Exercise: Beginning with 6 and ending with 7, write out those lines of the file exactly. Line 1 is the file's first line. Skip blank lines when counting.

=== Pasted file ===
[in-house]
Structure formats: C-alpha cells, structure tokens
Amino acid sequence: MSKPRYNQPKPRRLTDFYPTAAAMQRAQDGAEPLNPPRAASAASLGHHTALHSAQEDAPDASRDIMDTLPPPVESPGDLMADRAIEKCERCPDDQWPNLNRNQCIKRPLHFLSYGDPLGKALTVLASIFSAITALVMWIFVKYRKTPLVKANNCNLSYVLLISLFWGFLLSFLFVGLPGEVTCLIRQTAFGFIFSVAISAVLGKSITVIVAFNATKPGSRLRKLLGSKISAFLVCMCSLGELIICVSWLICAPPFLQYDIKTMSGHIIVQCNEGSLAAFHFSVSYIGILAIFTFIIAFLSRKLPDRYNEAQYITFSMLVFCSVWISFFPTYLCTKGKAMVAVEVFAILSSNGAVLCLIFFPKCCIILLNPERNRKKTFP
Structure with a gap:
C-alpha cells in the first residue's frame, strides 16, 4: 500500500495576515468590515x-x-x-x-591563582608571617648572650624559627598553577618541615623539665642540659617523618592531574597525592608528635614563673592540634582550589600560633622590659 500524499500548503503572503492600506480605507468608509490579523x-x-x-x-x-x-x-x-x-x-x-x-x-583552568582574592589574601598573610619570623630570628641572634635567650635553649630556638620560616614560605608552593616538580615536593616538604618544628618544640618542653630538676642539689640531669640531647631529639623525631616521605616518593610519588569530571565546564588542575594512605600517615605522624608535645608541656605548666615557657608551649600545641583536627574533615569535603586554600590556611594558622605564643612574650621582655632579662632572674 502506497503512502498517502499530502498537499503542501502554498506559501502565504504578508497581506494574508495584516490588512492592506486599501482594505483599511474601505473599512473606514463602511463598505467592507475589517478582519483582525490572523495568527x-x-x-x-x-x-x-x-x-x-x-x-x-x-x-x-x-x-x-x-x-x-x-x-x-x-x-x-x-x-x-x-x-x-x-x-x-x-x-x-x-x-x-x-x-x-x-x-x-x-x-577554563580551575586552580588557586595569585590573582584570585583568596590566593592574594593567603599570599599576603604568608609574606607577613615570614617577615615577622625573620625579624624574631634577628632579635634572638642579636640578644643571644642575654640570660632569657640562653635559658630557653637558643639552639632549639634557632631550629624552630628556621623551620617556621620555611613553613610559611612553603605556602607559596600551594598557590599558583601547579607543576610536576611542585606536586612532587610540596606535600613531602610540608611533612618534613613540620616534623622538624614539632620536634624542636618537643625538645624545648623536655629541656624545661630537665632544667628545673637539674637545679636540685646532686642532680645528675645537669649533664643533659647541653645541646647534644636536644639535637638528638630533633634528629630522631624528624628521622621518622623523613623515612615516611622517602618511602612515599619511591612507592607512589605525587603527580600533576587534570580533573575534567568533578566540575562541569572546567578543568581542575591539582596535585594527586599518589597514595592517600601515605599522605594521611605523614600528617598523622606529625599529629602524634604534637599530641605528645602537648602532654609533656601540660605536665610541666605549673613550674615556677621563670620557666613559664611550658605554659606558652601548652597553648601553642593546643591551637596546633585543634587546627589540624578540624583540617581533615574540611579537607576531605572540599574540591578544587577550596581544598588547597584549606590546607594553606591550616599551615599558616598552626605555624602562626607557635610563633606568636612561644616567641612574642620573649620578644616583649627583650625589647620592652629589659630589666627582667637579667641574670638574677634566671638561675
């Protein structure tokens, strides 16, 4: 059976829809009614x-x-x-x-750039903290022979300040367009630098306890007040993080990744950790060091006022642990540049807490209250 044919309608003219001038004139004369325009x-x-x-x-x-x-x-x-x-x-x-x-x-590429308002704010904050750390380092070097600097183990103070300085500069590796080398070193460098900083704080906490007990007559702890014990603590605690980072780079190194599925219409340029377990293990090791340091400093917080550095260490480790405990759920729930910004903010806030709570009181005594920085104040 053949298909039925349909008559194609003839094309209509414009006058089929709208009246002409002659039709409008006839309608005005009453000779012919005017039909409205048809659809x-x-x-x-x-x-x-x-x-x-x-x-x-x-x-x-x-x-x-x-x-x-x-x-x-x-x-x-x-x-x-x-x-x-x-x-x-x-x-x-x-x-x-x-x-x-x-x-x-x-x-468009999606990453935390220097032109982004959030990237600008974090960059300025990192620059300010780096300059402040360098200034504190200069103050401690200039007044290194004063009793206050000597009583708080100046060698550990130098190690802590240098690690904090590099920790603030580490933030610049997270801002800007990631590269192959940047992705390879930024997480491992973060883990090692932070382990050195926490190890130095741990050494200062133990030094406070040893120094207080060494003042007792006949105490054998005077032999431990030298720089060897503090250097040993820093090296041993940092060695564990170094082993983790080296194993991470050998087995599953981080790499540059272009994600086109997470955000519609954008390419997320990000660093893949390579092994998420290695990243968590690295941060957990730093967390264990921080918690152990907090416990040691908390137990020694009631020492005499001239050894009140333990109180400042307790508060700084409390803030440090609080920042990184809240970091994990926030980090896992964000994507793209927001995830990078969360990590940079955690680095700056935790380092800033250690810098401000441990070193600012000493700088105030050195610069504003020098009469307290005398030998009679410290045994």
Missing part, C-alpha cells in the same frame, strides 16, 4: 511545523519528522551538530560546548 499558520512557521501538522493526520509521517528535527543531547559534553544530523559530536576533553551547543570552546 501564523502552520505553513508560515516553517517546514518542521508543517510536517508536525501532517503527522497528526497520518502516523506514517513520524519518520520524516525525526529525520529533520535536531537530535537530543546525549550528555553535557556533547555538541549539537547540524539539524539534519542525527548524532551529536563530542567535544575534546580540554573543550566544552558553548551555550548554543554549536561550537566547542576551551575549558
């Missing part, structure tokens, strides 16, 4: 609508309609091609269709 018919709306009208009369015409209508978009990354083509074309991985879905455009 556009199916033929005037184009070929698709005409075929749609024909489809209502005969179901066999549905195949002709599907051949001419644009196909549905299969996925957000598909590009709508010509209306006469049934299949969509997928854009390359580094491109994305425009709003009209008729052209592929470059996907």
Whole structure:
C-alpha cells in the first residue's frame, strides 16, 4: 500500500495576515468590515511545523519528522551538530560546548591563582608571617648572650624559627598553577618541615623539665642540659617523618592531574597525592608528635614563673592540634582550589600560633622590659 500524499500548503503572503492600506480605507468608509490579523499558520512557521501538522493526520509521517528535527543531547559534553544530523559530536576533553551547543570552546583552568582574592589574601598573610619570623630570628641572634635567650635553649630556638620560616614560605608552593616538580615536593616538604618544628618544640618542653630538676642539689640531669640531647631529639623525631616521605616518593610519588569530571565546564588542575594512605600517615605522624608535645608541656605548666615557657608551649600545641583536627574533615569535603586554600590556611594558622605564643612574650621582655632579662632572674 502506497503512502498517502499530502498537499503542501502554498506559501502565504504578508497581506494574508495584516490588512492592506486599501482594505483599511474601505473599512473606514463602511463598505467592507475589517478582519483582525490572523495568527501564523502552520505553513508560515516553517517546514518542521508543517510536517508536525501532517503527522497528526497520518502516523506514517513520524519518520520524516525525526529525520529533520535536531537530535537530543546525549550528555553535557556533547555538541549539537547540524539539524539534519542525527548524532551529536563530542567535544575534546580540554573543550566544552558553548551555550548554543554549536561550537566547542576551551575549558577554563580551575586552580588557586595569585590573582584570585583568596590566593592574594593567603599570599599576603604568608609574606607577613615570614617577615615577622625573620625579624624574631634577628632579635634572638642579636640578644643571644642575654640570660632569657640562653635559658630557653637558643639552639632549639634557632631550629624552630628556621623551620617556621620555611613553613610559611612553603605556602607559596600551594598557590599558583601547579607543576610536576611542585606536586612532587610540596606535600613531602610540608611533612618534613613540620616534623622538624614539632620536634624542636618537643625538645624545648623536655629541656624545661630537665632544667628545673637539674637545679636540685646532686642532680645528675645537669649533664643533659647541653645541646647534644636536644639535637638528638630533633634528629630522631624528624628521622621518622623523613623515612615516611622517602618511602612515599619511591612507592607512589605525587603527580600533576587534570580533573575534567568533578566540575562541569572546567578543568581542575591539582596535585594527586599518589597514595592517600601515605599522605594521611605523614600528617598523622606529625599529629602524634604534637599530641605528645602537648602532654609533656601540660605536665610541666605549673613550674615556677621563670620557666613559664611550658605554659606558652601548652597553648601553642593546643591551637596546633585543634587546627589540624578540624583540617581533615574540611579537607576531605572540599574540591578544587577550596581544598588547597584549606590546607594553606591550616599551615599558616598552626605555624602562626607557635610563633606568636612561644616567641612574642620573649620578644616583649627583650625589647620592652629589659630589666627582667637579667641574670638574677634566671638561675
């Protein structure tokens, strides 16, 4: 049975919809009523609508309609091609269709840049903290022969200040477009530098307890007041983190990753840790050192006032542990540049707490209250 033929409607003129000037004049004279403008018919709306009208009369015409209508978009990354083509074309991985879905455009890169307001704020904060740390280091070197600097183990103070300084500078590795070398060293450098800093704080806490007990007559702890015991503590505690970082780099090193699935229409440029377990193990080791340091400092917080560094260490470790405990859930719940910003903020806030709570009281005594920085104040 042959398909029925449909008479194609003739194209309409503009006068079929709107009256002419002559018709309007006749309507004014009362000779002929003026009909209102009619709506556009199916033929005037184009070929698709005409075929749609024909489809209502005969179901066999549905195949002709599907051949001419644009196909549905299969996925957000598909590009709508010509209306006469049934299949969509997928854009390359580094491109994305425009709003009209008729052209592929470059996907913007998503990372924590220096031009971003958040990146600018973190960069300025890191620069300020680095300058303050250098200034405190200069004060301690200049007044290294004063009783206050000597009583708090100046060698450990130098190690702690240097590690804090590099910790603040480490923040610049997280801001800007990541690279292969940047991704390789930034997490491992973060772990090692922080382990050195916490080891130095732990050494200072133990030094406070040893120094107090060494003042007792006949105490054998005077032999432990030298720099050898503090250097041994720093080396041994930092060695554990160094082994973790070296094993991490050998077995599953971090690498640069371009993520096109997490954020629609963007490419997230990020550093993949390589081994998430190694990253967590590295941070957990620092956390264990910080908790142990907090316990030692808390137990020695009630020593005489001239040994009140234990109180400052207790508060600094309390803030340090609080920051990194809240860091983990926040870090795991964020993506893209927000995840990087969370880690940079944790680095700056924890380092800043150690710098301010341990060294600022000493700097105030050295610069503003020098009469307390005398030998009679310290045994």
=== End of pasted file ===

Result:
């Protein structure tokens, strides 16, 4: 059976829809009614x-x-x-x-750039903290022979300040367009630098306890007040993080990744950790060091006022642990540049807490209250 044919309608003219001038004139004369325009x-x-x-x-x-x-x-x-x-x-x-x-x-590429308002704010904050750390380092070097600097183990103070300085500069590796080398070193460098900083704080906490007990007559702890014990603590605690980072780079190194599925219409340029377990293990090791340091400093917080550095260490480790405990759920729930910004903010806030709570009181005594920085104040 053949298909039925349909008559194609003839094309209509414009006058089929709208009246002409002659039709409008006839309608005005009453000779012919005017039909409205048809659809x-x-x-x-x-x-x-x-x-x-x-x-x-x-x-x-x-x-x-x-x-x-x-x-x-x-x-x-x-x-x-x-x-x-x-x-x-x-x-x-x-x-x-x-x-x-x-x-x-x-x-468009999606990453935390220097032109982004959030990237600008974090960059300025990192620059300010780096300059402040360098200034504190200069103050401690200039007044290194004063009793206050000597009583708080100046060698550990130098190690802590240098690690904090590099920790603030580490933030610049997270801002800007990631590269192959940047992705390879930024997480491992973060883990090692932070382990050195926490190890130095741990050494200062133990030094406070040893120094207080060494003042007792006949105490054998005077032999431990030298720089060897503090250097040993820093090296041993940092060695564990170094082993983790080296194993991470050998087995599953981080790499540059272009994600086109997470955000519609954008390419997320990000660093893949390579092994998420290695990243968590690295941060957990730093967390264990921080918690152990907090416990040691908390137990020694009631020492005499001239050894009140333990109180400042307790508060700084409390803030440090609080920042990184809240970091994990926030980090896992964000994507793209927001995830990078969360990590940079955690680095700056935790380092800033250690810098401000441990070193600012000493700088105030050195610069504003020098009469307290005398030998009679410290045994």
Missing part, C-alpha cells in the same frame, strides 16, 4: 511545523519528522551538530560546548 499558520512557521501538522493526520509521517528535527543531547559534553544530523559530536576533553551547543570552546 501564523502552520505553513508560515516553517517546514518542521508543517510536517508536525501532517503527522497528526497520518502516523506514517513520524519518520520524516525525526529525520529533520535536531537530535537530543546525549550528555553535557556533547555538541549539537547540524539539524539534519542525527548524532551529536563530542567535544575534546580540554573543550566544552558553548551555550548554543554549536561550537566547542576551551575549558